Sea level rise is causing an increase in salt water encroachment and flooding in many coastal habitats, and increasing salinity can have negative impacts on plant communities. The objective of our research was to determine the impact of salinity on salt marsh plant community structure on Horse Island, South Carolina. We investigated variation in plant cover and height with distance from a tidal creek and the effect of increasing salinity on seedling emergence from the seed bank. We established three transects in the salt marsh habitat and recorded plant species presence, percent cover of each species, and height of the tallest individual of each species in 11 plots along each transect. Total plant cover was consistent from 0 to 24 m and increased from 24 to 40 m from the tidal creek; several species only occurred 36-40 m from the tidal creek. Percent cover of Spartina alterniflora, the dominant species, increased from 24 to 36 m from the tidal creek. The height of S. alterniflora was negatively correlated with percent cover of S. alterniflora and distance from the tidal creek. To assess the seed bank, we established 12 plots in the salt marsh-maritime forest ecotone, and soils collected from plots were assigned to each of four salinity treatments (0, 6, 12, and 26 ppt). Across all treatments, only one seedling emerged from the soil. The cover, height, and distribution of salt marsh species on Horse Island are likely to change as sea level continues to rise, but the role of the seed bank in affecting plant community structure remains unclear.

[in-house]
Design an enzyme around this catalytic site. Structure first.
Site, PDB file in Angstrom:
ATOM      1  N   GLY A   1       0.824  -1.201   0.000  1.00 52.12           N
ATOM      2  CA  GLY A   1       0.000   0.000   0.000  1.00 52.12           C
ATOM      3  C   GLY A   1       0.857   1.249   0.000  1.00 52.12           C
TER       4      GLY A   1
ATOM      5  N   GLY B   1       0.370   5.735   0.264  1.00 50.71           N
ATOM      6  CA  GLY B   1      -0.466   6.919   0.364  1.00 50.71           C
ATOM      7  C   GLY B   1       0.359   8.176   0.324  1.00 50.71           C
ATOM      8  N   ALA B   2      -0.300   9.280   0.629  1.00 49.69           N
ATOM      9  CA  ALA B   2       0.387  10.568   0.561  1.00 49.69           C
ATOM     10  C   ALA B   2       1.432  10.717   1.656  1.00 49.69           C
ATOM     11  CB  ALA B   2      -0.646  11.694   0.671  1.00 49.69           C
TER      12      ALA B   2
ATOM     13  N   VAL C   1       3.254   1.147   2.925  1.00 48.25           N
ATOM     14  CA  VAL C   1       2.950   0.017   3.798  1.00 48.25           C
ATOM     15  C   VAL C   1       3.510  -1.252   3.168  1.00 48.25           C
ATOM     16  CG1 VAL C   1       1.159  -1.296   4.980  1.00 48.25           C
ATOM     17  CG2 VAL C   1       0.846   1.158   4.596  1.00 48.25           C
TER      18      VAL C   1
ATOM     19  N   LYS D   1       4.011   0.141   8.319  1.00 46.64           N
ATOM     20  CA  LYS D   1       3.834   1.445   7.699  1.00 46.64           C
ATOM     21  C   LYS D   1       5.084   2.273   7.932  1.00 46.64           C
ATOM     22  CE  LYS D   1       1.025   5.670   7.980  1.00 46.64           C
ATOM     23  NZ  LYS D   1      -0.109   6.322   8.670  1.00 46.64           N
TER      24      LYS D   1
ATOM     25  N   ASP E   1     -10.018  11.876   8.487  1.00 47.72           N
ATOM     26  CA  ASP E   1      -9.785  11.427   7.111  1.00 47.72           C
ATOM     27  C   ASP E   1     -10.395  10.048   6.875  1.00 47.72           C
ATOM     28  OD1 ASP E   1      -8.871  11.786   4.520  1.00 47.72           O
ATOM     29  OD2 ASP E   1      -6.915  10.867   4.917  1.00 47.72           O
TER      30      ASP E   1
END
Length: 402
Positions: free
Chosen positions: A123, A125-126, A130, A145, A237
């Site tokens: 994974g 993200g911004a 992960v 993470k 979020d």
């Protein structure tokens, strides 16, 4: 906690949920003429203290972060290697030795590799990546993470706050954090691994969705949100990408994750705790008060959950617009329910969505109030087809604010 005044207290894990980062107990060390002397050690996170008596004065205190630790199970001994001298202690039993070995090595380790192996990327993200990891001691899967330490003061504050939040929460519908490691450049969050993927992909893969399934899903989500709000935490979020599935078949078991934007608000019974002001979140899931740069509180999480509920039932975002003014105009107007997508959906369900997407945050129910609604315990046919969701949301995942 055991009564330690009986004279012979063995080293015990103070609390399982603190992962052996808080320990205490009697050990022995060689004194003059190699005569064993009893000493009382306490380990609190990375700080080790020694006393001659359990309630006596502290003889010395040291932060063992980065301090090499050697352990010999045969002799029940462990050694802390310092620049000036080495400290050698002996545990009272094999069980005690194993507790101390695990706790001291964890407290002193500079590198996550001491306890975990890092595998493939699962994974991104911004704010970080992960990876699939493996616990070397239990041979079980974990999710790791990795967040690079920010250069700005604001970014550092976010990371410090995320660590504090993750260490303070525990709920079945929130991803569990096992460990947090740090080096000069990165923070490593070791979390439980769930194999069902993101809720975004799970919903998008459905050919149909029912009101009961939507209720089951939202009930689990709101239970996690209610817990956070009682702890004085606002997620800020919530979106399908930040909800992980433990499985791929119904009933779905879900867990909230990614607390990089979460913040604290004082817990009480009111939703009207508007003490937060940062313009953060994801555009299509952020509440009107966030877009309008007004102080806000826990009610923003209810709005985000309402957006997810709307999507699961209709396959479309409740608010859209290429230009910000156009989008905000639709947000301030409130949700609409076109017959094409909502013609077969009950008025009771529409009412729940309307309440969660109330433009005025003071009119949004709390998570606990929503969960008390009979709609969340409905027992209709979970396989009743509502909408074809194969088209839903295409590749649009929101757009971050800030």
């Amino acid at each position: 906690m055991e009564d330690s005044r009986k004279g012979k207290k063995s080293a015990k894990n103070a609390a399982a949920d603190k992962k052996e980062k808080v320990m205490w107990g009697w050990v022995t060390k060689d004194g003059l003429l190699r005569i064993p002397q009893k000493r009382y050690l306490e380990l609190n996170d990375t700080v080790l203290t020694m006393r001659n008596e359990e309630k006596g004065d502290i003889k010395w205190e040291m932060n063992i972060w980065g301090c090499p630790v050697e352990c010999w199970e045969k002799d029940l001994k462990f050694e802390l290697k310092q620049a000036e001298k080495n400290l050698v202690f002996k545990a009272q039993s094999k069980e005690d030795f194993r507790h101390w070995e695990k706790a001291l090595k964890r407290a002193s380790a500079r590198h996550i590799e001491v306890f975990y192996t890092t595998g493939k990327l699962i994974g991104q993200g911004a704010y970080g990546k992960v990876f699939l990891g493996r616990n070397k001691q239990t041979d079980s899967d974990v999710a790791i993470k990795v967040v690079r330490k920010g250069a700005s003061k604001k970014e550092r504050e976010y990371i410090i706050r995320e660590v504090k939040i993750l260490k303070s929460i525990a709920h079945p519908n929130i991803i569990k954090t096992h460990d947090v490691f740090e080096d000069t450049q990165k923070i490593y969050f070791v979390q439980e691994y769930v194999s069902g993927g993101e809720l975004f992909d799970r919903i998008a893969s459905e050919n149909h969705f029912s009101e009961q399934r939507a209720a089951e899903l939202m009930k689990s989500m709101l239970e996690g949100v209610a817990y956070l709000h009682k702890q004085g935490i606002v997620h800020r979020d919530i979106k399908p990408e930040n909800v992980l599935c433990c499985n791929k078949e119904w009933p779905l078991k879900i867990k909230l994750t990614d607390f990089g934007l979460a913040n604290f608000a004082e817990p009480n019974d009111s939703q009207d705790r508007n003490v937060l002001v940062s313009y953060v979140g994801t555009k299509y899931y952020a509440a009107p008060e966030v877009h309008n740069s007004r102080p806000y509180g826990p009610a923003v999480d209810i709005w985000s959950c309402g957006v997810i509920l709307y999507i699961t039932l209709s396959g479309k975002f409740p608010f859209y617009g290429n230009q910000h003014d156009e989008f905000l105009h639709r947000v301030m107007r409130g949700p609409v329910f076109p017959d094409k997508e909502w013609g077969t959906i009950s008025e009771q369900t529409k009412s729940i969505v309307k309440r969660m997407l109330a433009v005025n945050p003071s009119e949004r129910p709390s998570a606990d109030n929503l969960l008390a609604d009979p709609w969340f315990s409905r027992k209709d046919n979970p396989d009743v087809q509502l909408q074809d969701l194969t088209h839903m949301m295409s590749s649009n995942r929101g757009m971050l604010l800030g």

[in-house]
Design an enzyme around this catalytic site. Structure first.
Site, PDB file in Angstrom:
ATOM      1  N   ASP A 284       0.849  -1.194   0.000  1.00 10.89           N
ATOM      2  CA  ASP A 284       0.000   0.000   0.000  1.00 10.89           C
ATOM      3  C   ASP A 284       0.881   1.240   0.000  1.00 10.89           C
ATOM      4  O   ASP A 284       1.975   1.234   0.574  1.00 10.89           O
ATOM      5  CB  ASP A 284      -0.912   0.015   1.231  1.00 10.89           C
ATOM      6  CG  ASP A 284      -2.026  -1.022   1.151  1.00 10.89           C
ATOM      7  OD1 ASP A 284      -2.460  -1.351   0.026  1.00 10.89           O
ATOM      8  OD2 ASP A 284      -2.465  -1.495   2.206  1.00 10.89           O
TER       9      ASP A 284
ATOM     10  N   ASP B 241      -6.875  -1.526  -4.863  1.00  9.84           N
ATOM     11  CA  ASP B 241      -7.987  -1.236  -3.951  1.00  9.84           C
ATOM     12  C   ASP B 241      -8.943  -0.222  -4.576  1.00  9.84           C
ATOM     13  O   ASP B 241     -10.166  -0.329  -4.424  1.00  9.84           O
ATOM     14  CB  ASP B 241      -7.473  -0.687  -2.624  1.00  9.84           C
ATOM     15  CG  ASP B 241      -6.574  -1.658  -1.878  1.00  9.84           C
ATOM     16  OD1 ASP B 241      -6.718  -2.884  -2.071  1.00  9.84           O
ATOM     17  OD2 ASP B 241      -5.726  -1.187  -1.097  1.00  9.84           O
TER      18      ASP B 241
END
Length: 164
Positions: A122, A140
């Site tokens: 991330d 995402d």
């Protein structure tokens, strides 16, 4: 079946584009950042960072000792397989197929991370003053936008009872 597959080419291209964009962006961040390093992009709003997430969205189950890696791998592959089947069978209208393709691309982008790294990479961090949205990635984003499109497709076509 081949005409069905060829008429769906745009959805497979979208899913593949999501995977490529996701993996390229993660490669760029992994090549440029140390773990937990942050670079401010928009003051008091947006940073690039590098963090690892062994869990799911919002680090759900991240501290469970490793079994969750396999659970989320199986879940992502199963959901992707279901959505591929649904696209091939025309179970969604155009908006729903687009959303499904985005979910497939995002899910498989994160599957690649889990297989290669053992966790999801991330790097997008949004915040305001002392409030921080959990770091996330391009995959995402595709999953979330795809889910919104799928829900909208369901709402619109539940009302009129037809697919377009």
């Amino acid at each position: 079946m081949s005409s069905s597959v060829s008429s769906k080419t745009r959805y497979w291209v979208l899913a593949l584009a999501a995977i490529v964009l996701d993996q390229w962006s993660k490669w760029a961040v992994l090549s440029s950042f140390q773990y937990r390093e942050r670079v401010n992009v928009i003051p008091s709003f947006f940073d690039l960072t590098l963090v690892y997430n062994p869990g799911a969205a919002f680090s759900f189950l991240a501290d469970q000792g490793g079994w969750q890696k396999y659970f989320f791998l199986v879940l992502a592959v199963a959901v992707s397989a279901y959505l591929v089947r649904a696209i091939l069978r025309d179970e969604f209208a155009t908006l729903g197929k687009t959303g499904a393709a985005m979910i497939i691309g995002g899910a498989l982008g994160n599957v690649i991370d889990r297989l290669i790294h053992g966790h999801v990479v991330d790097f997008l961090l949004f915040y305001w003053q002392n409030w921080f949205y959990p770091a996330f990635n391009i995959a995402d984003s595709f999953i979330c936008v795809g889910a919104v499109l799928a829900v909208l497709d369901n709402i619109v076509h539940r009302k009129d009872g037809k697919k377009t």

Jenkins, Mackenzie L. and Schafer, Jennifer L.
"Salt Marsh Plant Community Structure on Horse Island, South Carolina,"
Journal of the South Carolina Academy of Science: Vol. 20:
2, Article 5.
Available at: https://scholarcommons.sc.edu/jscas/vol20/iss2/5